Kissing a pig is Faith Lutheran pastors’ symbol of world fundraiser

Faith Lutheran Church’s co-pastors, the Rev. Bob Stelter and the Rev. Dan Forehand, each kissed a 6-week-old piglet during services in the church, 225 Jamestowne Blvd., Sunday, April 24, to close out a Christmas-time fundraiser to feed people around the world.

“It’s a great blessing to do just a small part to help others,” Forehand said. “This was our Christmas gift to the world.”

While Stelter said Sunday’s services were fun, he pointed out, “It makes people realize there’re so many people in the world in need, and we did this right around Christmas time so we tied it into gift giving.

“A lot of people received pigs around the world at Christmas time because of the generosity of the church,” he added.

Last Sunday, the two piglets, borrowed from She Diggs Farm of Hardin Valley, visited the congregation before the 9 and 11:11 a.m. services, then were brought into the sanctuary before each service to be kissed by the pastors.

“It felt like kissing a pig,” Stelter said with a smile. “It was fun to do because we challenged the congregation, and they more than rose up to the occasion.”

“The congregation enjoyed it,” Forehand added. “It was a good, joyful day to celebrate.”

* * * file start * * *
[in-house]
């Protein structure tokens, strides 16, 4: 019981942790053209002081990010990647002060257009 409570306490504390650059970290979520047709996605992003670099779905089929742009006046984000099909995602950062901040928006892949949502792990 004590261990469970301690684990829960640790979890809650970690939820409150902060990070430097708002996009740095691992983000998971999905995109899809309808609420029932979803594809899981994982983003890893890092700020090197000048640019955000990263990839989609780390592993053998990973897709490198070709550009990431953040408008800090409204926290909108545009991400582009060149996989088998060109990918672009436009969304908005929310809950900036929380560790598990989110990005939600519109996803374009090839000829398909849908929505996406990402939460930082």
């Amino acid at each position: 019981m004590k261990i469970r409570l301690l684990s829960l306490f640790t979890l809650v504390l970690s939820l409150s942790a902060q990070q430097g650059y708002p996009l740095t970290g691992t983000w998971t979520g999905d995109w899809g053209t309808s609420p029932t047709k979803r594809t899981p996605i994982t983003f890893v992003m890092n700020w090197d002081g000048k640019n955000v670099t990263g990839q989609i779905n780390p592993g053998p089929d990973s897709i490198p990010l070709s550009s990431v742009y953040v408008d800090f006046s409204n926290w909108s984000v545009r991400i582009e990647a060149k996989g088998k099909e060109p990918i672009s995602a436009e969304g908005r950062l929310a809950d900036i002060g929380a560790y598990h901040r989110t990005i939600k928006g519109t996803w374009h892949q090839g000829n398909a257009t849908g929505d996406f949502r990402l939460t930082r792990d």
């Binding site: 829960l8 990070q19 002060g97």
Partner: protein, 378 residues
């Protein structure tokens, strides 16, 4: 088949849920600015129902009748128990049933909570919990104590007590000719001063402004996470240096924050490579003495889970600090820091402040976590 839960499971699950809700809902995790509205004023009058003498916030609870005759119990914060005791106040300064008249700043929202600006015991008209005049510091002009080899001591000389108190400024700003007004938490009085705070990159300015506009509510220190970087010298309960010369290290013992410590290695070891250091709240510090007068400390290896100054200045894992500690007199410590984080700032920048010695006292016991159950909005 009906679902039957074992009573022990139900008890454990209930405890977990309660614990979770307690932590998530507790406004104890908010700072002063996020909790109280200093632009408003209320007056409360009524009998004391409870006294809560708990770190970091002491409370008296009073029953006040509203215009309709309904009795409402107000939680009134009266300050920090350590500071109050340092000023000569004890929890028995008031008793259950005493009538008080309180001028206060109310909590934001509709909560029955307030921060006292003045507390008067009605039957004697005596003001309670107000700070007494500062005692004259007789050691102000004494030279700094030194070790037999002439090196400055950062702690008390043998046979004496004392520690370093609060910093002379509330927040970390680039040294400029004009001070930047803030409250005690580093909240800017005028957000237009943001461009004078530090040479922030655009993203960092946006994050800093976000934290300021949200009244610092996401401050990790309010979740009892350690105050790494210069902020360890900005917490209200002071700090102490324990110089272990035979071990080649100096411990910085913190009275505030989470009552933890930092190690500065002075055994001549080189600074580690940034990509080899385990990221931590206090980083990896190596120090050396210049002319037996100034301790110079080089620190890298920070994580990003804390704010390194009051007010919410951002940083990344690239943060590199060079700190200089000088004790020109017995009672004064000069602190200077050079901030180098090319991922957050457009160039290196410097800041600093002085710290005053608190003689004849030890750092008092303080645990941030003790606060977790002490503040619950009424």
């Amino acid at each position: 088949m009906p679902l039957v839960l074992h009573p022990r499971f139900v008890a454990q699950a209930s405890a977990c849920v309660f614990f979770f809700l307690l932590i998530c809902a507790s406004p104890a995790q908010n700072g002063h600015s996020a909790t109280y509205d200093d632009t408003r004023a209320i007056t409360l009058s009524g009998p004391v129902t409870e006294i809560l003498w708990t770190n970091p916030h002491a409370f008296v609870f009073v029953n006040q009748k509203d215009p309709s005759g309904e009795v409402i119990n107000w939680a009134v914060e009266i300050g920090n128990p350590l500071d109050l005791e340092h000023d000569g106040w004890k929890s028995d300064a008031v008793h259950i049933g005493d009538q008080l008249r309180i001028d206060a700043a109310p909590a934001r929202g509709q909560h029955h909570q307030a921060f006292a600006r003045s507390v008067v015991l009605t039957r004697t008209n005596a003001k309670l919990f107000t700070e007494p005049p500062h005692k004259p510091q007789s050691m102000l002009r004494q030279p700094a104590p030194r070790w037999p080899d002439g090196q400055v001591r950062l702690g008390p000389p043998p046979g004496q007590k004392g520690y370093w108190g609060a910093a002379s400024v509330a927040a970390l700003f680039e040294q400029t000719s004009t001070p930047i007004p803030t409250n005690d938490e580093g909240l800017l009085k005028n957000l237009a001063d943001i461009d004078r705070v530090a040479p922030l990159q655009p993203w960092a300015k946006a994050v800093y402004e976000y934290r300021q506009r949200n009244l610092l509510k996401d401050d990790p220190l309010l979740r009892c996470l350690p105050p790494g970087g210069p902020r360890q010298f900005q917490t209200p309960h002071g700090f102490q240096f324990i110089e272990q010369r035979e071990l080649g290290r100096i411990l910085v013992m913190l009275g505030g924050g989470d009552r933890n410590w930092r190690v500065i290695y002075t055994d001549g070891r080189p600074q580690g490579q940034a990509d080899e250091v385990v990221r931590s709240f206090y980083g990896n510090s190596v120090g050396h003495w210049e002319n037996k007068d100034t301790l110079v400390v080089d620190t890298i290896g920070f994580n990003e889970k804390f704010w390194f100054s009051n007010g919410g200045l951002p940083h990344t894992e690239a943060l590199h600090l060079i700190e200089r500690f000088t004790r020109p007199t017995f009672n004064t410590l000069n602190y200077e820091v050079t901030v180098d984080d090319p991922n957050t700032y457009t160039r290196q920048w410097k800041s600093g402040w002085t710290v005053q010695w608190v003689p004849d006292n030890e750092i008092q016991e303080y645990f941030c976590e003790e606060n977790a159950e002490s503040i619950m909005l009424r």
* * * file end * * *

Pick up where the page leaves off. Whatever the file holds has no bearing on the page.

He explained FLC is one of several thousand congregations of Evangelical Lutheran Church in America, which also has an international arm that works with impoverished communities around the globe.

“One program it has is called ELCA Good Gifts, which allows individuals to make donations in the form of buying livestock, wells or other things that benefit individuals living in poverty,” Forehand said. “Back in December, we challenged the congregation to buy 30 pigs, and the price of a pig is $30 … $900 total.

“We said if we got 30 pigs then, at some point, (the pastors) would kiss a pig,” he added. “The congregation got 110 pigs, and somebody bought two goats because they wanted to buy goats instead of a pig.

“These 110 pigs would go throughout the world to help families to provide fertilizer. The pigs could have up to 16 piglets a year, which is a source of income for the families as well, and they’re a really important part of farming and subsistence for people around the world.”

“(Church members) really went above and beyond, so we’re glad to pay our debt and celebrate all the pigs that they bought,” Stelter said.

“We don’t know where the pigs go for sure,” Forehand said. “There’s something really beautiful about the anonymity of it.

“It’s a great gift to know a family will receive a pig,” he added. “They won’t know it’s from us, and yet, it will be just a great blessing for them.

“We’d never think of a pig as a blessing, (but) it could be transformational to the life of that family. At the same time, “it’s something that can be fun and engaging for the congregation and change somebody’s life. It’s a win-win and a great gift for us and for the world.”

The church waited until spring to have the pigs come to the church. “We didn’t want a big pig for this, so we had to wait for piglet season and they were old enough to be weaned from their moms so we could bring them in,” Forehand said.

“... But, it’s perfect,” he added. “It works great for the Easter season of celebrating new life and new possibilities for people around the world.”